A Republican official's comment accidentally exposes the party's 'Snowflake Syndrome': columnist

A Republican official's comment accidentally exposes the party's 'Snowflake Syndrome': columnist
(U.S. Air Force Photo by A1C Essence Myricks)

President Donald J. Trump and the first lady, Melania Trump, wave goodbye as they board a plane at Joint Base Andrews, Md., Jan. 20, 2021. Throughout his four-year tenure as president, Trump traveled to and from JBA aboard Air Force One to destinations all over the world.


A recent op-ed piece published by The Washington Post highlights the problem of Snowflake Syndrome among voters who cast ballots for former President Donald Trump. The author, Greg Sargent, notes that the current Republican agenda centers on the following: restricting voting rights, sowing doubt about the COVID-19 vaccine, and downplaying the Jan. 6 insurrection.

The problem is that there is no justification or substantial evidence to support any of their arguments regarding these initiatives. In fact, all are connected to false narratives and misinformation that has been, in some way, influenced by Trump. For example, the nationwide push for voting rights restrictions is supposedly an incentive to increase voters' confidence in the integrity of the United States' voting systems. But Sargent pushed back against that argument describing it as "bad-faith nonsense."

"Broadly speaking," Sargent wrote, "this "confidence" storyline is bad-faith nonsense: It's being widely abused to keep alive the myth of the stolen election and to justify an unprecedented wave of efforts to disenfranchise the opposition's voters. It is not designed to build confidence in our elections, but to further undermine it, for illicit purposes."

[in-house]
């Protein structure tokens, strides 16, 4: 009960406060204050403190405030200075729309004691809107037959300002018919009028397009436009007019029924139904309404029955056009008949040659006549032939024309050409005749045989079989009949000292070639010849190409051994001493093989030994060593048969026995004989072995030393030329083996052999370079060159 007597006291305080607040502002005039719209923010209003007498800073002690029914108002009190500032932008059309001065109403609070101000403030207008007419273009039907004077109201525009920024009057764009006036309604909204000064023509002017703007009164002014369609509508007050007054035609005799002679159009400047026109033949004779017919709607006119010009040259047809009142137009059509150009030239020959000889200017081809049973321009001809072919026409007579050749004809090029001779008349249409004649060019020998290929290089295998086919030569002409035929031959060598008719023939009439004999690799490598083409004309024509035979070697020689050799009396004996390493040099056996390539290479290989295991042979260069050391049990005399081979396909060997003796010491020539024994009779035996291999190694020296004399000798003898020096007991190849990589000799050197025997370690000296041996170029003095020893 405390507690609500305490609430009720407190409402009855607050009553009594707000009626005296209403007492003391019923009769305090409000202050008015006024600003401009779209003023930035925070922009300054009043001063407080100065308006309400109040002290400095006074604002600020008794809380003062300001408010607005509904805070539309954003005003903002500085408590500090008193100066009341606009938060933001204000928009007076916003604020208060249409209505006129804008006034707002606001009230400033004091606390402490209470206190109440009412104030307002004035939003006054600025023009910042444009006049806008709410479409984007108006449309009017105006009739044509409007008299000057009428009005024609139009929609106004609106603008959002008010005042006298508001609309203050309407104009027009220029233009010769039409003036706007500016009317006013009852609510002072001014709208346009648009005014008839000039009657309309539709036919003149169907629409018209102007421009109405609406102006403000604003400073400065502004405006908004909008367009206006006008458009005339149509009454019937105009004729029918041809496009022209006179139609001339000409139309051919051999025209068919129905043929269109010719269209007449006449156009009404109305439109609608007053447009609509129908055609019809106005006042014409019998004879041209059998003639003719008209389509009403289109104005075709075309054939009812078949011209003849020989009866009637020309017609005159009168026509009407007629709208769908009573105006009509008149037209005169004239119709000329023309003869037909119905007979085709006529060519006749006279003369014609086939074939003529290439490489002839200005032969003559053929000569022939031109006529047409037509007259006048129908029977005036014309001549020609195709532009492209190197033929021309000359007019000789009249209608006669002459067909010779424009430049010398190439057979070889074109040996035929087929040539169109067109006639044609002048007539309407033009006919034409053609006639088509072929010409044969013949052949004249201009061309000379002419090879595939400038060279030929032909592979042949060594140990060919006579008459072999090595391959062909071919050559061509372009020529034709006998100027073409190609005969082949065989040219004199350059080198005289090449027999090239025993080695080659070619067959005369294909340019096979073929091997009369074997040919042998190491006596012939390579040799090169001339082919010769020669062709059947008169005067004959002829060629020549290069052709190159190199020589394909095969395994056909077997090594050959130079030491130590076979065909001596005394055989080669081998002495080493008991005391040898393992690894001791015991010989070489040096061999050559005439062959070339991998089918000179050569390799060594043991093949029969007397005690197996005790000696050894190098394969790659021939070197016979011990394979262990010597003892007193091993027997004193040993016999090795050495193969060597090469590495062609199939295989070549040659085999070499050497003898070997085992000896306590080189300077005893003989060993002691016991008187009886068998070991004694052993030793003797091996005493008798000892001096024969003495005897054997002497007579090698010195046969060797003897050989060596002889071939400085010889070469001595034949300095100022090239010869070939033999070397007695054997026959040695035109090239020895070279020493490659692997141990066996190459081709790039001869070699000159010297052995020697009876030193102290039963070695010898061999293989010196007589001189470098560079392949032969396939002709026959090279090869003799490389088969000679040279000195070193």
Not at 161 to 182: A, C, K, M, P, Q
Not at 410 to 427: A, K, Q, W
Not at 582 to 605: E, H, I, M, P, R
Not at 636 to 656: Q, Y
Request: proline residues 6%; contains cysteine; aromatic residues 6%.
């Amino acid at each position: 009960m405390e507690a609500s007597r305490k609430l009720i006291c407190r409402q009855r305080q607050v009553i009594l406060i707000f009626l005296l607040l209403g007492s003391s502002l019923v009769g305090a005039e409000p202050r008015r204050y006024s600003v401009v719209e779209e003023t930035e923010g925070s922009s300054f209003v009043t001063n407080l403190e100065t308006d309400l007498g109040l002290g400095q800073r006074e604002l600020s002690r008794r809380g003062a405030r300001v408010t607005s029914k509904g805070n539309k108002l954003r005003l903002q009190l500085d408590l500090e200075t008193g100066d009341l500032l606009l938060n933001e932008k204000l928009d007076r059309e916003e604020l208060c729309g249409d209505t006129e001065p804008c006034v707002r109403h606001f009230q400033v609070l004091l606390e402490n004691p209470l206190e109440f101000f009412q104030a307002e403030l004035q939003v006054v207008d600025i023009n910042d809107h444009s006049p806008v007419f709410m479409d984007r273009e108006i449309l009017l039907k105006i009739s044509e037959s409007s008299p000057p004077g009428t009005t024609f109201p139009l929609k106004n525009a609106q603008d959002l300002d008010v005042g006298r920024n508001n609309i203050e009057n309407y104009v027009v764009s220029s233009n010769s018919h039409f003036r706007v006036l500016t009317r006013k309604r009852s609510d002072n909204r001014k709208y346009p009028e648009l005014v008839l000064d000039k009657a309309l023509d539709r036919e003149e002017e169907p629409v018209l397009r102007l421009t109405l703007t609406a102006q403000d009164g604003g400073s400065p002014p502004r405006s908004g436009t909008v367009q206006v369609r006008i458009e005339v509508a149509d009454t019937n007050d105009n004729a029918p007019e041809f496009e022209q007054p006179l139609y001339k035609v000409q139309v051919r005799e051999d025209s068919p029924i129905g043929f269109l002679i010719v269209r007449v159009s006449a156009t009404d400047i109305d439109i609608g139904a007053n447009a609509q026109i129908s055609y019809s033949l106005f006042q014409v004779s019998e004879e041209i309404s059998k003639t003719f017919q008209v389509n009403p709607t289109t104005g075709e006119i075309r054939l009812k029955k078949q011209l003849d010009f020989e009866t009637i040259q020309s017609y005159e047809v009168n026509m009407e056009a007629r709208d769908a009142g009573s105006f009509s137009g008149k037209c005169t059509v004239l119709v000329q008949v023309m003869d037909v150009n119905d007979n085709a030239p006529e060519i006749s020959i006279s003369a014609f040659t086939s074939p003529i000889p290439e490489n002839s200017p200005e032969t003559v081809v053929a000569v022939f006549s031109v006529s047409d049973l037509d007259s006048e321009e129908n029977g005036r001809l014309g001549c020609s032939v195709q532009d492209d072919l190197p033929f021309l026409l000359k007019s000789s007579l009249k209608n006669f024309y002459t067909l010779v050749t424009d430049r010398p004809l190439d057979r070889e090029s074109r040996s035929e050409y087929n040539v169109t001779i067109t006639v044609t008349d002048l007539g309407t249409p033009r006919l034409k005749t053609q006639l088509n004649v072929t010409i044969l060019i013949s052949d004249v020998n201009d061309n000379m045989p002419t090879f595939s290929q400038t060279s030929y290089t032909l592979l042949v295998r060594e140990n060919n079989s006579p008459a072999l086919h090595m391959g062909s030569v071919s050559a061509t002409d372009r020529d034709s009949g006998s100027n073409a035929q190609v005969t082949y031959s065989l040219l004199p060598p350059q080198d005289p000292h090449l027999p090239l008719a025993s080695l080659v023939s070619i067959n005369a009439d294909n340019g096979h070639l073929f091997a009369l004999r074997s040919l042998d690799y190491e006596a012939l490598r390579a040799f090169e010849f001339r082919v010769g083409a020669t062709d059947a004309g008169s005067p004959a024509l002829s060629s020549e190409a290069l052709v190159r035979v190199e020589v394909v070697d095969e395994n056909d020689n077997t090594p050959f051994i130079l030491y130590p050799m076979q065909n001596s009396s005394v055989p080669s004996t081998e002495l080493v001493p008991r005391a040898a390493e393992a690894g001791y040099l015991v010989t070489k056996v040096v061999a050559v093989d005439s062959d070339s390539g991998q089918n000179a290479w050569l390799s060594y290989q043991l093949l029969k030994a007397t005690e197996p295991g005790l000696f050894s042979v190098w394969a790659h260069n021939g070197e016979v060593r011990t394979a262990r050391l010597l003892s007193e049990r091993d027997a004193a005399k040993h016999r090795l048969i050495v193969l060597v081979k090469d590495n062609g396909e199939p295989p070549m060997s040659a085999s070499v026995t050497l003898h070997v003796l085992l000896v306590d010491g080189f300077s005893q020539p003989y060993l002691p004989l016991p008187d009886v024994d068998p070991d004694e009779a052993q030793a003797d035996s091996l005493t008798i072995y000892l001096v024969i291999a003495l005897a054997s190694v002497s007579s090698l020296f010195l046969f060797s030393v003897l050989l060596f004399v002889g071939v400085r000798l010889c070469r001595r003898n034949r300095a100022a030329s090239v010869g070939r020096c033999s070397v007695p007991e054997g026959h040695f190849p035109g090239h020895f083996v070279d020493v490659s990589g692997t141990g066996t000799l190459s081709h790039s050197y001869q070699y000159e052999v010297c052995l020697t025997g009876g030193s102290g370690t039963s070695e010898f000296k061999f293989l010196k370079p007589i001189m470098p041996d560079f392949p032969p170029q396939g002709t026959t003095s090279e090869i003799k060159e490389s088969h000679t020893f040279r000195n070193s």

Sargent noted the problem with Texas lawmakers' efforts outlined in House Bill 241 as he discussed the argument presented by Texas state Rep. Steve Toth who co-authored the bill. Toth's proposed bill would focus on examining election results in 13 counties. However, 10 out of those 13 counties were won by President Joe Biden. The writer noted that Toth's only concern was about the blue counties, not election integrity, as a whole.

While Toth said he would support a statewide effort, he also argued the undertaking would be too expensive and time-consuming. Asked if he would consider including some smaller counties, Toth replied, "What's the point? I mean, all the small counties are red."

"Republican voters don't lack confidence in the system in counties they won; they lack it only in counties populated by a lot of Democratic voters," Sargent wrote, mocking this attitude. "So let's focus on auditing those!"

Toth's comments are revealing. They show Republicans aren't actually interested in election integrity — that's as important in red counties as it is in blue — but they just don't want to accept that Democrats can legitimately win elections.

In reference to all of the GOP-inspired antics, Sargent concluded by saying, "So enough with the bogus Snowflake Syndrome narratives already. It's a tired act — not to mention a transparently disingenuous and even dangerous one."

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